Snyder claims that Darwin’s publication of On the Origin of Species in 1859 “can be seen as encoding Whewell and Herschel’s philosophy of science” and that his “argument for evolution by natural selection” was modeled upon the methodologies they promoted, especially what they had considered the strongest type of evidence for a scientific theory — “what Whewell had dubbed consilience” (p. 332). For Snyder, Darwin’s theory was “packed with evidence” (p. 334). While she admits that among the group only Babbage was a convert to Darwin’s theory (we’ll never know Jones’s opinion of the Origin, since he died in 1855), oddly enough she claims Whewell and Herschel “laid the foundation for the modern-day notions of the relation between Darwinism and religious faith, a way to reconcile the two” (p. 340). The reason for their reluctance to accept Darwin’s theory is dismissed as “prejudice against a chance-driven universe,” a reluctance that proved difficult “to loosen its grip on the scientists of the day” (p. 336).
Before launching into the main objections to Snyder’s excursion into this historical cul-de-sac, a few words regarding consilience are in order. While it is certainly true that Newton’s law of gravitation provided “a causal unification of the forces of the universe” (p. 333) that could be empirically verified, there is nothing to suggest that other “consilient” theories possess equal validity. One counterexample would be humoral pathology, a theory of illness and disease etiology that could rationally explain everything from a person’s temperament to one’s temperature. Since ancient times and well into the 18th century, the notion that the body was made up of blood, phlegm, yellow bile, and black bile and that these balances or imbalances could explain everything from psychology to physiology provided physicians with volumes of analytic material. It was an extremely consilient theory.
It was also wrong. Thus the degree to which Darwin’s theory was consilient is irrelevant since the consilience of any given theory is really a neutral factor in deciding whether it is true or not. Some have even suggested that a theory that seeks to explain everything winds up explaining nothing. Writing in 1963, novelist and essayist Osbert Sitwell complained that Darwin’s “Survival of the Fittest” provided an ethical foundation for the Victorian era’s most “iniquitous proclivities,” noting that “for each rival merchant knocked into the workhouse, for each businessman assassinated, for every native murdered or enslaved in order that his land might be appropriated, the person responsible for these results could, when occasionally their consciences stung them, always comfort themselves with the reflection: ‘It can’t be helped. . . . Survival of the Fittest, and all that. . . .’ The theory was applied to everything in the universe” (Pound Wise, p. 101).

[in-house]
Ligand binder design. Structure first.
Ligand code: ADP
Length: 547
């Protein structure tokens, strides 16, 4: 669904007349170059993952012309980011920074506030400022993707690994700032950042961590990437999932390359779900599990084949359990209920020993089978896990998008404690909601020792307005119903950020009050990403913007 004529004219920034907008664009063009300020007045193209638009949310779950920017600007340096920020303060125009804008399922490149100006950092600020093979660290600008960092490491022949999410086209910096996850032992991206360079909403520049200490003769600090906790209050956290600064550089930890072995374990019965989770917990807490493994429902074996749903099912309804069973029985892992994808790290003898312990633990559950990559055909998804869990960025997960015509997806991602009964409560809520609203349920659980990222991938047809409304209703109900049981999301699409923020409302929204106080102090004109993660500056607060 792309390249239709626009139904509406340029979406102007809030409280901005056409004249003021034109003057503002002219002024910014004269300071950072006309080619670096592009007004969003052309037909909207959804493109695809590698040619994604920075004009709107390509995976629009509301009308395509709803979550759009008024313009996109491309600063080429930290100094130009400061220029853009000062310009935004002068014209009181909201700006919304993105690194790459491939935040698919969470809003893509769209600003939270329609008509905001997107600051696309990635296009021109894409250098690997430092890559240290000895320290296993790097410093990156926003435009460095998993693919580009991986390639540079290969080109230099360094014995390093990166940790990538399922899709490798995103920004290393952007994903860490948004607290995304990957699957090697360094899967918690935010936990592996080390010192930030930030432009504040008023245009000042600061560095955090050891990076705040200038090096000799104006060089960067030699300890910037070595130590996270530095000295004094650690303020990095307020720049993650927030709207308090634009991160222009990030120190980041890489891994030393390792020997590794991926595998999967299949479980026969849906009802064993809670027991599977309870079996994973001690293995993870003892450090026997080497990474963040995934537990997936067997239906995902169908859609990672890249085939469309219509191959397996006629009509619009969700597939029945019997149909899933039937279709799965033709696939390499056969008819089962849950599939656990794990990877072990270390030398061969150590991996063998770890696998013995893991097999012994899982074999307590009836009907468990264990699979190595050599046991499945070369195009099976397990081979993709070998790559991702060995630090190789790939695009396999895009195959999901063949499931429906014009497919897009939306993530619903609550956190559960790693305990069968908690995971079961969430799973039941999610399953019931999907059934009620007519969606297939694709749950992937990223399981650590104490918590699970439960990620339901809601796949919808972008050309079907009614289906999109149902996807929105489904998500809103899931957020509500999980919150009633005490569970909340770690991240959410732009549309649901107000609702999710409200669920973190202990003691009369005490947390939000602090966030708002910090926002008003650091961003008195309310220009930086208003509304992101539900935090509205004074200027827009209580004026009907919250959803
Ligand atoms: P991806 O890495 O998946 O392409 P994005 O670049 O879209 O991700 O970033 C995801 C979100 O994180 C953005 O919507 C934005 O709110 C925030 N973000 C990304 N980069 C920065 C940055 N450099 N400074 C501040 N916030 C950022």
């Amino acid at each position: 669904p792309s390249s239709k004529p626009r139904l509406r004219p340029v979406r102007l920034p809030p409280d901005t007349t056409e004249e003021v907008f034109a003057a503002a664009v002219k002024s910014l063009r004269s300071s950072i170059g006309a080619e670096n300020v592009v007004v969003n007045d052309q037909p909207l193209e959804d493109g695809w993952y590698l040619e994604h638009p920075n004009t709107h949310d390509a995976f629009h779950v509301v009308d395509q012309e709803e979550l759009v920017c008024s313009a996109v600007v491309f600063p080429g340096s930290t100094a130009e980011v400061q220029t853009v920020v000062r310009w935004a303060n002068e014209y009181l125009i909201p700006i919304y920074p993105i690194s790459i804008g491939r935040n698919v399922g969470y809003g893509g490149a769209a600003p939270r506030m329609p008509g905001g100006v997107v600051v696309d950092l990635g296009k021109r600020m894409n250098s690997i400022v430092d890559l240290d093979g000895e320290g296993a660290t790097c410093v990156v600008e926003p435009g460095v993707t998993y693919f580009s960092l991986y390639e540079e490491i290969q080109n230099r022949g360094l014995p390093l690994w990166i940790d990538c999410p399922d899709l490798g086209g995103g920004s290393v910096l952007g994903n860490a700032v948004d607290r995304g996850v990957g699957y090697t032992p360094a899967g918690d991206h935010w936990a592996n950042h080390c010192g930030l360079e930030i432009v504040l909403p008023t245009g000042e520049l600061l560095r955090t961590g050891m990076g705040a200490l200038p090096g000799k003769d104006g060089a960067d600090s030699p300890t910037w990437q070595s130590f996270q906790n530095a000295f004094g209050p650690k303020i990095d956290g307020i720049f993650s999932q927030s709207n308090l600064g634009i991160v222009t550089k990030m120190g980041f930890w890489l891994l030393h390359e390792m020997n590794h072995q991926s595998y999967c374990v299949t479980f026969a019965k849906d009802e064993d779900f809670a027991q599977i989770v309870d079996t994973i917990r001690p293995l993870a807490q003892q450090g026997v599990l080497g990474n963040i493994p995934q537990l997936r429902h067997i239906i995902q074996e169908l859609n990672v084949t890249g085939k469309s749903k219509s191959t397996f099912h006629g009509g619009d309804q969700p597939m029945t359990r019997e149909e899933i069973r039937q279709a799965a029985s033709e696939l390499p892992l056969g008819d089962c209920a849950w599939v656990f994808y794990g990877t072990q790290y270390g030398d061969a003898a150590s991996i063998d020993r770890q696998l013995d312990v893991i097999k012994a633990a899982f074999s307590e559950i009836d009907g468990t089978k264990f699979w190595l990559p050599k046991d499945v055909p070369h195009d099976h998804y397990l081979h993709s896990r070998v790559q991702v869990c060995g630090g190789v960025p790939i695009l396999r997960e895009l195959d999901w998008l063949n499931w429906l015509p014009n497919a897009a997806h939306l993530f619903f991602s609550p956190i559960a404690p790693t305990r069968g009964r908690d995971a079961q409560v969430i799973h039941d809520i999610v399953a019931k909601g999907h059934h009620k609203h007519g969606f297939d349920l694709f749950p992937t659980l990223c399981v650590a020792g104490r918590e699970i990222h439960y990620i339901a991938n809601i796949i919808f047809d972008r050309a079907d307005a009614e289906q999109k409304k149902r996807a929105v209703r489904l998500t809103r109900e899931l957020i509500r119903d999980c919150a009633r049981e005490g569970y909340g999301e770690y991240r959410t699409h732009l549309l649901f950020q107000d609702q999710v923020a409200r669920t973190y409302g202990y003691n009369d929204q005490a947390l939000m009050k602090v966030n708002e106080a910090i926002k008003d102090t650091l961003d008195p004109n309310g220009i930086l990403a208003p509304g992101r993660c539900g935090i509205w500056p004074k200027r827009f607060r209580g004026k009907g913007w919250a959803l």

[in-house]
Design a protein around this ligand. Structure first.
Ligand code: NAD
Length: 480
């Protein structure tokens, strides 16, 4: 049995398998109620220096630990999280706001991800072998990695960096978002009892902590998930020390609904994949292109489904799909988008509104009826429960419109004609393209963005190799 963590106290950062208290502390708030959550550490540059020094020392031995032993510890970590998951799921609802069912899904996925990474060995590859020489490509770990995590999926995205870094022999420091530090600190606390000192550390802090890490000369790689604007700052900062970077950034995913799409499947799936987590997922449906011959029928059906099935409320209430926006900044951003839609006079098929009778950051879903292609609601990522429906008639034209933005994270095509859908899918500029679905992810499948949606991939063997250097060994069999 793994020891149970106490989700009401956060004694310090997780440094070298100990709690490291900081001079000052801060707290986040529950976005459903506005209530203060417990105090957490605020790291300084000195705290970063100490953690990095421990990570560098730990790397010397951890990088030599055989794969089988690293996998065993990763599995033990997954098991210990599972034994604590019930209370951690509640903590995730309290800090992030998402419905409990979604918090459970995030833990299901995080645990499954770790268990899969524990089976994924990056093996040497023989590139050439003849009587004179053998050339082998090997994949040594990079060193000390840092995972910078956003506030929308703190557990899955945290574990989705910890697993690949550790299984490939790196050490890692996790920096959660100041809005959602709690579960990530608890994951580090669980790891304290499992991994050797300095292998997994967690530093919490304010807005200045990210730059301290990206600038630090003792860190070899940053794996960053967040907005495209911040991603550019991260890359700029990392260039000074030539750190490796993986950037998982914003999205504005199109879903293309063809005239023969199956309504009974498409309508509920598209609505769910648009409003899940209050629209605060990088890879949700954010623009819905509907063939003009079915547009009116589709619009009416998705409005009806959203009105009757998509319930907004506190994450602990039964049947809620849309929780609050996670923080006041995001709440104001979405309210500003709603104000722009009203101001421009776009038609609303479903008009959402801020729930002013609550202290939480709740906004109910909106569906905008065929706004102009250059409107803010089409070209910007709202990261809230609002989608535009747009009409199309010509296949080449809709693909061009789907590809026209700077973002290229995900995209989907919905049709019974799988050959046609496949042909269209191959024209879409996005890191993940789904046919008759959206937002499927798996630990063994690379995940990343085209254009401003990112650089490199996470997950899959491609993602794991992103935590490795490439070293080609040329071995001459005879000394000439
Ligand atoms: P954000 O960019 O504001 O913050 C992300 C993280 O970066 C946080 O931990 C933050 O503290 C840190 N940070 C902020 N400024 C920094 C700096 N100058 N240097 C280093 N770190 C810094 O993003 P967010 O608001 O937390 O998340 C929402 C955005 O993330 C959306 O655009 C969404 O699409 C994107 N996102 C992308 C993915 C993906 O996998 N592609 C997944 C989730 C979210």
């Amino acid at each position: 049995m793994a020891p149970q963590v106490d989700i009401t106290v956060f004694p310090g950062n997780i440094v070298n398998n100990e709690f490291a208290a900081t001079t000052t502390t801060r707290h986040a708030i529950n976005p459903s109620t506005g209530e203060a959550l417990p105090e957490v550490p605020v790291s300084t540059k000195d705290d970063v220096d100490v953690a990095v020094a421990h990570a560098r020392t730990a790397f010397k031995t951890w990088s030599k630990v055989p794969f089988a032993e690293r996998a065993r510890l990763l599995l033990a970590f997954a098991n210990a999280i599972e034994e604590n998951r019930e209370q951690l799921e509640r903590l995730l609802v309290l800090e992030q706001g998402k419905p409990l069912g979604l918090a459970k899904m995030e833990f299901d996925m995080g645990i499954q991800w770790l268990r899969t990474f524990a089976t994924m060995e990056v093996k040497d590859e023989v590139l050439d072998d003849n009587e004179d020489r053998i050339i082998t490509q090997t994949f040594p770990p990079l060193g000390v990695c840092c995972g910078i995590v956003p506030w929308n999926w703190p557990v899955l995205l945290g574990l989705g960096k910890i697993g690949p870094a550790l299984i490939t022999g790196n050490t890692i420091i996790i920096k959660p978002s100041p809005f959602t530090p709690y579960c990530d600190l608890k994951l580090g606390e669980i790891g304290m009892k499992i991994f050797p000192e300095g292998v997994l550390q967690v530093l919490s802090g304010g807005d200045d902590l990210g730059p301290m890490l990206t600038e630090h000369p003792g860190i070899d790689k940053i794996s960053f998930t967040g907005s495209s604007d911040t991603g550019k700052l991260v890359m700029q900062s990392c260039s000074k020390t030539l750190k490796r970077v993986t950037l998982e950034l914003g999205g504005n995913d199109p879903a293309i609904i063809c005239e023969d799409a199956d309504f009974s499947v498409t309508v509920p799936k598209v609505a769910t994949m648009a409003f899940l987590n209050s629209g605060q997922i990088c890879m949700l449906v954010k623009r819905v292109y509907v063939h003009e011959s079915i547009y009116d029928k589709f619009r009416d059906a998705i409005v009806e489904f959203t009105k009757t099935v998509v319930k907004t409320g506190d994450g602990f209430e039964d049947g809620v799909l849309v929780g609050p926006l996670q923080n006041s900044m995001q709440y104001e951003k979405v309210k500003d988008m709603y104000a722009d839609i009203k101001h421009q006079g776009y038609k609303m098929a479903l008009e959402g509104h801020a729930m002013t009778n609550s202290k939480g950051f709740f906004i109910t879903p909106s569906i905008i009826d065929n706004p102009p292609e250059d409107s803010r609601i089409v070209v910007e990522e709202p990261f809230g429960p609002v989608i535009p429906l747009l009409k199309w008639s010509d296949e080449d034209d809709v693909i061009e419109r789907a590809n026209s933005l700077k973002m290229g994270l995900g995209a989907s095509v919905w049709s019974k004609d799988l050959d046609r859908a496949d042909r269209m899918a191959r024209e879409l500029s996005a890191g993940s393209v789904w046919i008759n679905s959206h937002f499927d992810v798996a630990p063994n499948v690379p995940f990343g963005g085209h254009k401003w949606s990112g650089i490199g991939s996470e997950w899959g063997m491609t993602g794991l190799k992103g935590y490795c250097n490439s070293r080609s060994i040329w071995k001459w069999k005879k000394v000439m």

Consilience aside, Snyder’s efforts at hitching Darwin to the Breakfast Club’s coattails are unconvincing for at least four reasons. First, Whewell and Herschel clearly found Darwin’s theory unconvincing. Second, Snyder’s claim that Babbage was a “convert” to Darwinian theory is questionable. Third, Darwin actually failed to apply Whewell and Herschel’s scientific method. Fourth, Snyder’s general discussion is impressionistic and selective in its treatment of how Darwin’s theory was received by his peers.
Both Whewell and Herschel objected to the randomness of Darwin’s evolutionary theory. Herschel famously (or infamously) referred to it as the “law of higgledy-piggledy.” Whewell found the Origin problematic as well. It was common knowledge through the Trinity College grapevine that as Master of the school he refused to permit it on the shelves of the library. Whewell further argued that Darwin’s “speculations” were “quite unproved by facts.” Like Heinrich Bronn, who first translated the Origin into German in 1860, Whewell felt that Darwin’s inability to account for “a beginning explicable by natural causes” left his theory incomplete and unconvincing.
Snyder makes much of the fact that neither Herschel nor Whewell publicly denounced Darwin, but Whewell in particular often adopted a minimalist posture with regard to objectionable ideas. For example, when Robert Chambers anonymously published his transmutationist Vestiges of the Natural History of Creation in 1844, Whewell refused to review it in any scholarly journal and didn’t even mention it by name in his 1845 pamphlet Indications of the Creator even though Vestiges was its main target. Further, his objection that science cannot concern itself with the final causes of biological evolution was his chief issue with Vestiges and Origin.